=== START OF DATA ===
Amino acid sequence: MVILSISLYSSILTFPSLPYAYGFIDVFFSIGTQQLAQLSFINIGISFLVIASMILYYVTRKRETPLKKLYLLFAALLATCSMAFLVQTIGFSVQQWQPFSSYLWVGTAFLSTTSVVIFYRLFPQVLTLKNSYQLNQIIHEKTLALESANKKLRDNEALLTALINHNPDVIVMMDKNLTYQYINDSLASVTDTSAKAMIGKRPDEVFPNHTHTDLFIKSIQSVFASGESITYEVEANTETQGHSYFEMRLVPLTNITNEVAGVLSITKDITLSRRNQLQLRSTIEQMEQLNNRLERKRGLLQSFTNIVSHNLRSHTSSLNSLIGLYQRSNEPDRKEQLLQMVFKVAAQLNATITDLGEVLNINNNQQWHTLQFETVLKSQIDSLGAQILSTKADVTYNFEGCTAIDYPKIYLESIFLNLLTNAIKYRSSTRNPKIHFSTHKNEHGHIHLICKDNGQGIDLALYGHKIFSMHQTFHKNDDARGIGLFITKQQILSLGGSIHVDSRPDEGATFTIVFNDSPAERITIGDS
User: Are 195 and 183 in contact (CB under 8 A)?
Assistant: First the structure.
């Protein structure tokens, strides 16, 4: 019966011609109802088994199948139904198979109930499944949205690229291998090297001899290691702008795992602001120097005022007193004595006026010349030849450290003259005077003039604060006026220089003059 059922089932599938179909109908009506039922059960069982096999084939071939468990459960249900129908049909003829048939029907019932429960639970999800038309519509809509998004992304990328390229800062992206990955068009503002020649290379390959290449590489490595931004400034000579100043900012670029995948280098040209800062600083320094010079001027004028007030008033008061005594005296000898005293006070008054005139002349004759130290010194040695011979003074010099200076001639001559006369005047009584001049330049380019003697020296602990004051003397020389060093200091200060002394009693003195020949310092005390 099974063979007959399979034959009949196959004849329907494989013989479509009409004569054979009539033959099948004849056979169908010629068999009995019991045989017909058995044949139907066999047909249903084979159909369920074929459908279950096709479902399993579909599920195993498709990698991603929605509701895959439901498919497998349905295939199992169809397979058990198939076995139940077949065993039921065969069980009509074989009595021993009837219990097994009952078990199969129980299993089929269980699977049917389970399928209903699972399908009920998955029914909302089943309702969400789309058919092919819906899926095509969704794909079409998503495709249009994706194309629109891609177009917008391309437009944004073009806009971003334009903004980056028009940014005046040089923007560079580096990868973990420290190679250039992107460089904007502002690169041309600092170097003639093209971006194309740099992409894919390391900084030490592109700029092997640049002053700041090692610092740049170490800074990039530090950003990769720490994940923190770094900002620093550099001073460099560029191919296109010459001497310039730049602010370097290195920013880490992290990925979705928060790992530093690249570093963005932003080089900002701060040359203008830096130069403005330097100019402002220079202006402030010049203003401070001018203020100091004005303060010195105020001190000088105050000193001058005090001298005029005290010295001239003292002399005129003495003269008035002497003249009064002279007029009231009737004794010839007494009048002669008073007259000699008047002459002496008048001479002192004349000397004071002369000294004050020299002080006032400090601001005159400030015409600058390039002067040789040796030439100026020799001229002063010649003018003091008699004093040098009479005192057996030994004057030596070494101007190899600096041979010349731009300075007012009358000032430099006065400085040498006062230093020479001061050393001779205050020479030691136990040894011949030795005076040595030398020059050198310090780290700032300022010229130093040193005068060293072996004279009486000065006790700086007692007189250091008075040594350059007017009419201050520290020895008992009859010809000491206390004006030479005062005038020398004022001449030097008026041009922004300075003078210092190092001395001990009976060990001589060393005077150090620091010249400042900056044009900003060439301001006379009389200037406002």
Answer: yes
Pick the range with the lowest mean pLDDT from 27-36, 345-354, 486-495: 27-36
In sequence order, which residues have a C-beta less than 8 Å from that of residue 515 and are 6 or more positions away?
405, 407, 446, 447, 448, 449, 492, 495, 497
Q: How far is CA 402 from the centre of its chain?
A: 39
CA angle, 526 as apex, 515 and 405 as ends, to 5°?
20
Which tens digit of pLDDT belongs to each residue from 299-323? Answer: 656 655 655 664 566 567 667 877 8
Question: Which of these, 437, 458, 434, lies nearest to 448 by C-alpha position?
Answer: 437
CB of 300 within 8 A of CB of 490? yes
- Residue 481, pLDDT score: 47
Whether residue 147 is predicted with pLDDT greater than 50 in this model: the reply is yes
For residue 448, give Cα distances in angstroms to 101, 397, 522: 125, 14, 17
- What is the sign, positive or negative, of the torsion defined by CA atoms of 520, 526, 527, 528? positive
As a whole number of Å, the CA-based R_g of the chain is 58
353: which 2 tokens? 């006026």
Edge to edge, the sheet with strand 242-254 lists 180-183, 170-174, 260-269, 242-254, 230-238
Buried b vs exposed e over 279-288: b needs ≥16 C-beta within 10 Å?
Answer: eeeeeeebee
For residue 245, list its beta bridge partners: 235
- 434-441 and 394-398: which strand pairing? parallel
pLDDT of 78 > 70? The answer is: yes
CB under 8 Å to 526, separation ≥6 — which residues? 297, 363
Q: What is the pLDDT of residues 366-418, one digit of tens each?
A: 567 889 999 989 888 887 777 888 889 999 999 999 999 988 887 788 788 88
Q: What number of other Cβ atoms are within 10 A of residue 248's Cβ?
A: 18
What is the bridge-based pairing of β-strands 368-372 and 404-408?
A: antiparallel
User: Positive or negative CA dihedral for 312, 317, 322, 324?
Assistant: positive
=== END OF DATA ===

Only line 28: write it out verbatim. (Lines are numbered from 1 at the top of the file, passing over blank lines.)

pLDDT of 78 > 70? The answer is: yes